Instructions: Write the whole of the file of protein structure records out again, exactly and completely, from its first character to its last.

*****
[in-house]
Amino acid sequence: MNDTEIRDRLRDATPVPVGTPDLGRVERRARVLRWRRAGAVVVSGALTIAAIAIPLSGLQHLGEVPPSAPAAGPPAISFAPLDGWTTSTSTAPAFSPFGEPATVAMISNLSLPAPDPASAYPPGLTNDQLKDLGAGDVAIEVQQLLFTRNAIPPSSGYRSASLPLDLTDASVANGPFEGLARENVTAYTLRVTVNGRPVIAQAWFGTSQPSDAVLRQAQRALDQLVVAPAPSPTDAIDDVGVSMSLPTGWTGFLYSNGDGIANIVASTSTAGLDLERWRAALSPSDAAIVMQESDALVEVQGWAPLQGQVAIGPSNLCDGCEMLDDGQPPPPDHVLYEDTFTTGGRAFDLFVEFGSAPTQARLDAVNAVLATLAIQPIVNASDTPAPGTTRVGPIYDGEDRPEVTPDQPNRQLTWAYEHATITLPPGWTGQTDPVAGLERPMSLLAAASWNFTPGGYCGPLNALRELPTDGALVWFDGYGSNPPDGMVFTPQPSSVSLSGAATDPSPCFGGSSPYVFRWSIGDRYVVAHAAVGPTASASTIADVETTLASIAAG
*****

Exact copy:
[in-house]
Amino acid sequence: MNDTEIRDRLRDATPVPVGTPDLGRVERRARVLRWRRAGAVVVSGALTIAAIAIPLSGLQHLGEVPPSAPAAGPPAISFAPLDGWTTSTSTAPAFSPFGEPATVAMISNLSLPAPDPASAYPPGLTNDQLKDLGAGDVAIEVQQLLFTRNAIPPSSGYRSASLPLDLTDASVANGPFEGLARENVTAYTLRVTVNGRPVIAQAWFGTSQPSDAVLRQAQRALDQLVVAPAPSPTDAIDDVGVSMSLPTGWTGFLYSNGDGIANIVASTSTAGLDLERWRAALSPSDAAIVMQESDALVEVQGWAPLQGQVAIGPSNLCDGCEMLDDGQPPPPDHVLYEDTFTTGGRAFDLFVEFGSAPTQARLDAVNAVLATLAIQPIVNASDTPAPGTTRVGPIYDGEDRPEVTPDQPNRQLTWAYEHATITLPPGWTGQTDPVAGLERPMSLLAAASWNFTPGGYCGPLNALRELPTDGALVWFDGYGSNPPDGMVFTPQPSSVSLSGAATDPSPCFGGSSPYVFRWSIGDRYVVAHAAVGPTASASTIADVETTLASIAAG